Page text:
Updated on Nov. 2, 12:40 p.m.
The New York State Supreme Court ruled last week that voting locations at a housing complex in Corona must be restored before the Nov. 7 primary elections.
In August, the LeFrak Tenants Association and other community groups filed a complaint in New York Supreme Court against the state Board of Elections (BOE) for moving a polling site off the apartment complex that has been serving residents for 50 years.
LeFrak City, an affordable housing development in Corona with 15,000 tenants, also serves as a polling site for residents. The tenants, many of whom are black, Latino and elderly, vote in the 20-building complex’s Continental Room at 96-10 57th Ave.
In May, the BOE moved the polling site to the High School for Arts and Businesses and P.S. 13, which are three-quarters and a third of a mile away from LeFrak City, respectively. According to the complaint, the site was moved due to a 2010 lawsuit filed by Disabled in Action, a group of organizations advocating for disabled voters. The suit claimed that this site and four others in the city did not comply with the Americans with Disabilities Act (ADA).
The site was used for the November 2015 general election, the April 2016 Presidential Primary, the June 2016 Congressional Primary and the September 2016 Primary Election. Following a September 2016 review by the BOE, the agency found seven issues with the LeFrak City polling site, according to the complaint.
“Subsequent to the issuance of the report the Continental Room was used for the 2016 Presidential Election, which saw a 50 percent plus turnout; no one complained about being unable to vote due to the ‘problems’ flagged by the contractor,” the complaint read. “In fact, those findings were not relayed to LeFrak City management so that they could rectify the problems.”
Although LeFrak City management contacted BOE in June saying it would rectify any problems — and even suggested another site on the property for voting purposes — the BOE said the 4,500 registered voters had already been reassigned to the two other sites.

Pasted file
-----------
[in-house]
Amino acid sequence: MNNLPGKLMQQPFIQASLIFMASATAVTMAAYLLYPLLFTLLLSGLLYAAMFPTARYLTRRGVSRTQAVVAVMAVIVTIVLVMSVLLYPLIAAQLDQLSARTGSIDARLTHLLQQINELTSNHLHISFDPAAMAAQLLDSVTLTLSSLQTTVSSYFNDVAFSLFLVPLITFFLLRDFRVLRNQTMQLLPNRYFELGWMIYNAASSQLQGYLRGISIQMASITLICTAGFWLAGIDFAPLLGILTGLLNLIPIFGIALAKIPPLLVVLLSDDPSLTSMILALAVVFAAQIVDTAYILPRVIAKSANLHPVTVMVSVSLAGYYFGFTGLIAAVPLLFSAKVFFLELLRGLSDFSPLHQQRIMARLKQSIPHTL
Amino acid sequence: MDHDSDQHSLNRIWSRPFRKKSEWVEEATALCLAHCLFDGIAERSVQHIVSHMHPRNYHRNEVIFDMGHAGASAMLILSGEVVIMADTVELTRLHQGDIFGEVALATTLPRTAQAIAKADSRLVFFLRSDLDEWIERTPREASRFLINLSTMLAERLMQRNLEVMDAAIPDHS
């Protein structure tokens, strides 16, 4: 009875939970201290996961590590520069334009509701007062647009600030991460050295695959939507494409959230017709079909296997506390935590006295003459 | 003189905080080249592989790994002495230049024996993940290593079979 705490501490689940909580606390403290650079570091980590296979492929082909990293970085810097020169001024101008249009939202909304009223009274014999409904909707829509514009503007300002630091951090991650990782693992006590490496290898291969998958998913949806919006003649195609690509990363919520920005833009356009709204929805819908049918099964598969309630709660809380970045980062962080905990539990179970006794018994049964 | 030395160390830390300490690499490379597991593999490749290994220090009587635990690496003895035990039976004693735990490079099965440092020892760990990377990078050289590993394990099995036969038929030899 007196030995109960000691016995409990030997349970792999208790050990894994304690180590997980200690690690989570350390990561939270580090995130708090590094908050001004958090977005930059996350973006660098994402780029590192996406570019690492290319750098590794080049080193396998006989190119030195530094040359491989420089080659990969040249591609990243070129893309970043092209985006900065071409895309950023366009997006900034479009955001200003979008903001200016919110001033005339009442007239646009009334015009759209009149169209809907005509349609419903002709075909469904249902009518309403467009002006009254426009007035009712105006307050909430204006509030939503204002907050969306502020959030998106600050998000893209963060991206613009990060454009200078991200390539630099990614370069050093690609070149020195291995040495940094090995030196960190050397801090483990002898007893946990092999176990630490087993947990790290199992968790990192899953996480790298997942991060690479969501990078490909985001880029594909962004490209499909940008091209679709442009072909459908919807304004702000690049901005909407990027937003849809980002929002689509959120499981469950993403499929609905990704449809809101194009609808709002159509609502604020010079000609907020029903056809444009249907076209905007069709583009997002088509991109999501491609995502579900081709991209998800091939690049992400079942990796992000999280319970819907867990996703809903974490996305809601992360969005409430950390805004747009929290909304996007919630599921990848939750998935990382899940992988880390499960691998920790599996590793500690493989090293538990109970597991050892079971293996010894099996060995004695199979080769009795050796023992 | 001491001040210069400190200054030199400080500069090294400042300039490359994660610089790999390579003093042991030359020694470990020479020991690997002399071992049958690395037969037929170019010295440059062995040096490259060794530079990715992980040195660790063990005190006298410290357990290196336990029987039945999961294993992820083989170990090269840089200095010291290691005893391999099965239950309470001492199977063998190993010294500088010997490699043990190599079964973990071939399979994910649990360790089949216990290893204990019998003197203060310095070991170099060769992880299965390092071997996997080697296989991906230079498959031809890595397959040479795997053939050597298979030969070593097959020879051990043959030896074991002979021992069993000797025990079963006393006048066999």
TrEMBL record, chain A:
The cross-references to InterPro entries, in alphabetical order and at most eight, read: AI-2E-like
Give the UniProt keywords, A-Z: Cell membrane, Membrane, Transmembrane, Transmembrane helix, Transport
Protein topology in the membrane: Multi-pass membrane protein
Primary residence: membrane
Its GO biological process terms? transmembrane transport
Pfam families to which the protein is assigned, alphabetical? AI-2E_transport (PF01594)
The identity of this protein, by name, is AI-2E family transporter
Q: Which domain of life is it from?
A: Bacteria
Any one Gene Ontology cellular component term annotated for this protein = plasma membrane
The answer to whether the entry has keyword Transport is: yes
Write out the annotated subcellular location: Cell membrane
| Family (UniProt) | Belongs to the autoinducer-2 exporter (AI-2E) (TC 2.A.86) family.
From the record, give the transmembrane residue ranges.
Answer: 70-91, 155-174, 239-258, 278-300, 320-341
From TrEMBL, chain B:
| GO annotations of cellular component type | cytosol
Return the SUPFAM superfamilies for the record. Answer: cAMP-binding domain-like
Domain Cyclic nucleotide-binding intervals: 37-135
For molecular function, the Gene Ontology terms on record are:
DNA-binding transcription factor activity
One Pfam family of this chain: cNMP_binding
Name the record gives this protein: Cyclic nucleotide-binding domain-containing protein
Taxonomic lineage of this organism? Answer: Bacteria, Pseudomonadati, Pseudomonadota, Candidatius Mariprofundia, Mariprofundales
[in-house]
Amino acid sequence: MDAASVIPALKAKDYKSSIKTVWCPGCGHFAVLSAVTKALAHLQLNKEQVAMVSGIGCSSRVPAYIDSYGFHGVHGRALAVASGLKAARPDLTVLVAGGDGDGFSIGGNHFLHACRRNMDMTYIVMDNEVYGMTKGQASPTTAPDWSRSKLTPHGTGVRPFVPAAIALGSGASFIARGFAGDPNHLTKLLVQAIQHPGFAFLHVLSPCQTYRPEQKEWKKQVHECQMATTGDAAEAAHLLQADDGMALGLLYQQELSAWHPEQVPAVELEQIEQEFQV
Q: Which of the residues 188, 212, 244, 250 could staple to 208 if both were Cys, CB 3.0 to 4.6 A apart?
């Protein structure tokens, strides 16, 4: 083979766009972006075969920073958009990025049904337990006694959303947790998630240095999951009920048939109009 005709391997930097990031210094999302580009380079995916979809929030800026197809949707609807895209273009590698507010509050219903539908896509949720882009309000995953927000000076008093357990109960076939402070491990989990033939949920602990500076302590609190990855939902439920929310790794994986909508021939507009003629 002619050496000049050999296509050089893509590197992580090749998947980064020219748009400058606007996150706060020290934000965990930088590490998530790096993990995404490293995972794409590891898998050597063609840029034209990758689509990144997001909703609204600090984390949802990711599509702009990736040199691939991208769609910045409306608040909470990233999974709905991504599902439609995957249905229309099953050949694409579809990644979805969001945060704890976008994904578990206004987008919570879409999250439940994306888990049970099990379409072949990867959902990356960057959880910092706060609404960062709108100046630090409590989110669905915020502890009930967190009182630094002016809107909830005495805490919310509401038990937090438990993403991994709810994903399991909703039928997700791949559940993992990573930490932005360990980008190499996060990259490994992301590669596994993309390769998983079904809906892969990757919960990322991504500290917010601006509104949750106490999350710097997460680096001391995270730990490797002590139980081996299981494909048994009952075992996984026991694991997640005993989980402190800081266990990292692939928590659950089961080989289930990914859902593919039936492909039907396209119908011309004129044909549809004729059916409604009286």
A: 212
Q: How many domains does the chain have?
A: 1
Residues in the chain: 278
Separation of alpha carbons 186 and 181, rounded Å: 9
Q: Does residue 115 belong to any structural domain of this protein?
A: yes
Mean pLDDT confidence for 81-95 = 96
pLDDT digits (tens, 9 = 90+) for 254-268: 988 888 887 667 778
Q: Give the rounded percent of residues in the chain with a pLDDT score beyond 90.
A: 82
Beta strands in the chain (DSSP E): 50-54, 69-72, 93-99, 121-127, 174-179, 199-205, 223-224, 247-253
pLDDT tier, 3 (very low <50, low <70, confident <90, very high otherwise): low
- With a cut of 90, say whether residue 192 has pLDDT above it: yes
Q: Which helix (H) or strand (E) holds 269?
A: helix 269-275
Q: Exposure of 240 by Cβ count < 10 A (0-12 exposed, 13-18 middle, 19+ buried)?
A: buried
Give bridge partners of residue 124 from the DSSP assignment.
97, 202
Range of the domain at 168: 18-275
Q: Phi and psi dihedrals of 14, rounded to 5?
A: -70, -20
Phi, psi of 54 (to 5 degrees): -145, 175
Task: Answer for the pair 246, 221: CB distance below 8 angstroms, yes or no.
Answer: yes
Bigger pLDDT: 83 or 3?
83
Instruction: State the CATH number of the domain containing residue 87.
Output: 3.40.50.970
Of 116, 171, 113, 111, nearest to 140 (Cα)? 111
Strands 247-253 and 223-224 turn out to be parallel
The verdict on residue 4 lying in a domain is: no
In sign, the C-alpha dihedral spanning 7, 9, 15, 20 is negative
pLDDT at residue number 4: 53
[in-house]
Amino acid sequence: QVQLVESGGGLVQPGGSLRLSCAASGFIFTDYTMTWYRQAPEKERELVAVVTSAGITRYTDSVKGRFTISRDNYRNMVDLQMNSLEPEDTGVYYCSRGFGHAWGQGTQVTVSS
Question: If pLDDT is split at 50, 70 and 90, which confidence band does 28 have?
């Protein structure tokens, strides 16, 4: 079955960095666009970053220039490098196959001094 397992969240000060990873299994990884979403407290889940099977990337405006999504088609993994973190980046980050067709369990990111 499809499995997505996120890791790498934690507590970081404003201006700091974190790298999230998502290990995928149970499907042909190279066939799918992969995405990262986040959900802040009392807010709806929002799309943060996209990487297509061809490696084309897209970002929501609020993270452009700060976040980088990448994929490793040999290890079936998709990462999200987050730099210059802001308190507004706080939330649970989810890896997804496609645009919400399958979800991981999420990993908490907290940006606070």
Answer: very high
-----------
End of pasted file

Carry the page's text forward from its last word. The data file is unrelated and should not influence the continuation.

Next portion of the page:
On Friday, Oct. 27, Judge Erika M. Edwards issued an order for the immediate relocation of the 15th, 16th, 17th, 18th and 25th Election Districts back to LeFrak City, reversing an action made by the (BOE). Edwards called the move “irrational, arbitrary and capricious.”
In response, the BOE filed an appeal to the ruling on Oct. 30 and requested a stay. Officials said that community leaders already began telling LeFrak City residents that the polling sites had been moved back and this appeal will create uncertainty if the judge grants a stay.
“Not only did the court find that the BOE’s actions were ‘irrational, arbitrary and capricious,’ it also ordered them to take immediate action to correct its mistake and to find additional poll sites within LeFrak City to ensure this situation never happens again. We could not have expected a better victory – and we fully expect to prevail on the appeal,” said Arthur Schwartz, an attorney representing petitioners. “Unfortunately, by asking for a stay of Judge Edwards’ order, the board has created a very chaotic situation.”
Bertha Lewis, President and Founder of The Black Institute, who was involved in organizing LeFrak City tenants announced on Nov. 2 that the BOE lost its appeal in court.
“The battle does not end here. Because this issue has not been highly publicized, I urge everyone to spread the word that LeFrak City polling stationshave been restored,” Lewis said in a statement. “Election Day is less than a week away and we want the every voter to know where they can exercise their right.”
Edward’s decision last Friday also requires the BOE to find other suitable voting locations within LeFrak City and to help management make potential locations suitable for all voters, including remaining compliant with the American with Disabilities Act (ADA). The BOE has also been instructed to immediately notify all LeFrak City voters of their new voting locations.
“The BOE originally acted without any input whatsoever from our community and later ignored all of our suggested alternatives,” said Malikah Shabazz, president of LeFrak City Tenants Association. “Alternatives that would have allowed for many of our seniors and residents with disabilities a safe and accessible opportunity to vote. These acts resulted in a much lower turnout than we normally have in primary elections. I hope the BOE will eagerly look to involve community residents throughout the decision-making process when it comes to locating and relocating poll sites.”